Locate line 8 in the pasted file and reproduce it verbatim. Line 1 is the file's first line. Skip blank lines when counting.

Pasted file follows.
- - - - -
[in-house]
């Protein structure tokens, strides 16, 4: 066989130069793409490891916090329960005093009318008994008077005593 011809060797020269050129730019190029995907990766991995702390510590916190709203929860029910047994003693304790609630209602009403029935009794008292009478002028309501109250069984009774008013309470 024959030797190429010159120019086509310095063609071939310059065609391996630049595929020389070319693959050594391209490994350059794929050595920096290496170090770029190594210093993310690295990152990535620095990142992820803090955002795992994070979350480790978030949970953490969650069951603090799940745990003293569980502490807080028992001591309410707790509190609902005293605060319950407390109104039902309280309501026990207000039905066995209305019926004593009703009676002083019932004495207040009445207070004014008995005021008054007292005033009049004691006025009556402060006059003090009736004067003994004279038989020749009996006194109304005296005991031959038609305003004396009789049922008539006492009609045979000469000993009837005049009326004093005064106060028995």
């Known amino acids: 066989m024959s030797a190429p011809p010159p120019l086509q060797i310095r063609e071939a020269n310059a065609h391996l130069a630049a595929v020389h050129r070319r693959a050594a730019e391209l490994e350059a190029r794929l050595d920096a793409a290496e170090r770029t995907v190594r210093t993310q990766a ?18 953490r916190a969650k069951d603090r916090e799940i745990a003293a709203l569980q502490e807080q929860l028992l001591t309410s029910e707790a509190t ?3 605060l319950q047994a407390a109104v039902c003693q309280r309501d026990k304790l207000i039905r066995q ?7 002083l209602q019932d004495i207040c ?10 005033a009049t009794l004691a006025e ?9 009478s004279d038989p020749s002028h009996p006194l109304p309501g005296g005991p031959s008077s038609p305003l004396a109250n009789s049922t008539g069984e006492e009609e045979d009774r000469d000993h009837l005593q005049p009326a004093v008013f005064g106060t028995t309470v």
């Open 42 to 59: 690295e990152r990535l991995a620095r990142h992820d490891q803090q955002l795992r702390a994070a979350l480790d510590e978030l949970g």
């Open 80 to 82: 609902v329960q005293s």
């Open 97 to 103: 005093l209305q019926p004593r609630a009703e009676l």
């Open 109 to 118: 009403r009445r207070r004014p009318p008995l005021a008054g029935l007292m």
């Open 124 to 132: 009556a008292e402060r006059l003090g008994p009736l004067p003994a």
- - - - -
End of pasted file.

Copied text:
């Open 124 to 132: 009556a008292e402060r006059l003090g008994p009736l004067p003994a």